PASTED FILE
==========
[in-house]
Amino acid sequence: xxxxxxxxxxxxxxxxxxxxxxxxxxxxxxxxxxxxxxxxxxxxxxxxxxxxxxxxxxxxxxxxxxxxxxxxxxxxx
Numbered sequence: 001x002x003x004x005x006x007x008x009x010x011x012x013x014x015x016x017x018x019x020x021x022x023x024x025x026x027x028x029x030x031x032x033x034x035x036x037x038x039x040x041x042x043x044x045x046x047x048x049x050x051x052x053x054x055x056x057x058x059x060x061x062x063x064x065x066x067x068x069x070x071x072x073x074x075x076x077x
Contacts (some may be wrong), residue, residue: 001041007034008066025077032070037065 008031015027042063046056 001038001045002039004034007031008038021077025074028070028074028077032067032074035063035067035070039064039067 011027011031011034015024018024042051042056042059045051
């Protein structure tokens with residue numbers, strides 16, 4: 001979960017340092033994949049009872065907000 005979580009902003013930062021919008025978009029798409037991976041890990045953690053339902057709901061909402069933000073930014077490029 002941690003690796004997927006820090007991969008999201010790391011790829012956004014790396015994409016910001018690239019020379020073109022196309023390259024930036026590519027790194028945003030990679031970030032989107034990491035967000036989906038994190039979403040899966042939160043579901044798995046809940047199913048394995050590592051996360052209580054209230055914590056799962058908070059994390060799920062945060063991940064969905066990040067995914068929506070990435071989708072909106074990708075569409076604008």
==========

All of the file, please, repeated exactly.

[in-house]
Amino acid sequence: xxxxxxxxxxxxxxxxxxxxxxxxxxxxxxxxxxxxxxxxxxxxxxxxxxxxxxxxxxxxxxxxxxxxxxxxxxxxx
Numbered sequence: 001x002x003x004x005x006x007x008x009x010x011x012x013x014x015x016x017x018x019x020x021x022x023x024x025x026x027x028x029x030x031x032x033x034x035x036x037x038x039x040x041x042x043x044x045x046x047x048x049x050x051x052x053x054x055x056x057x058x059x060x061x062x063x064x065x066x067x068x069x070x071x072x073x074x075x076x077x
Contacts (some may be wrong), residue, residue: 001041007034008066025077032070037065 008031015027042063046056 001038001045002039004034007031008038021077025074028070028074028077032067032074035063035067035070039064039067 011027011031011034015024018024042051042056042059045051
């Protein structure tokens with residue numbers, strides 16, 4: 001979960017340092033994949049009872065907000 005979580009902003013930062021919008025978009029798409037991976041890990045953690053339902057709901061909402069933000073930014077490029 002941690003690796004997927006820090007991969008999201010790391011790829012956004014790396015994409016910001018690239019020379020073109022196309023390259024930036026590519027790194028945003030990679031970030032989107034990491035967000036989906038994190039979403040899966042939160043579901044798995046809940047199913048394995050590592051996360052209580054209230055914590056799962058908070059994390060799920062945060063991940064969905066990040067995914068929506070990435071989708072909106074990708075569409076604008």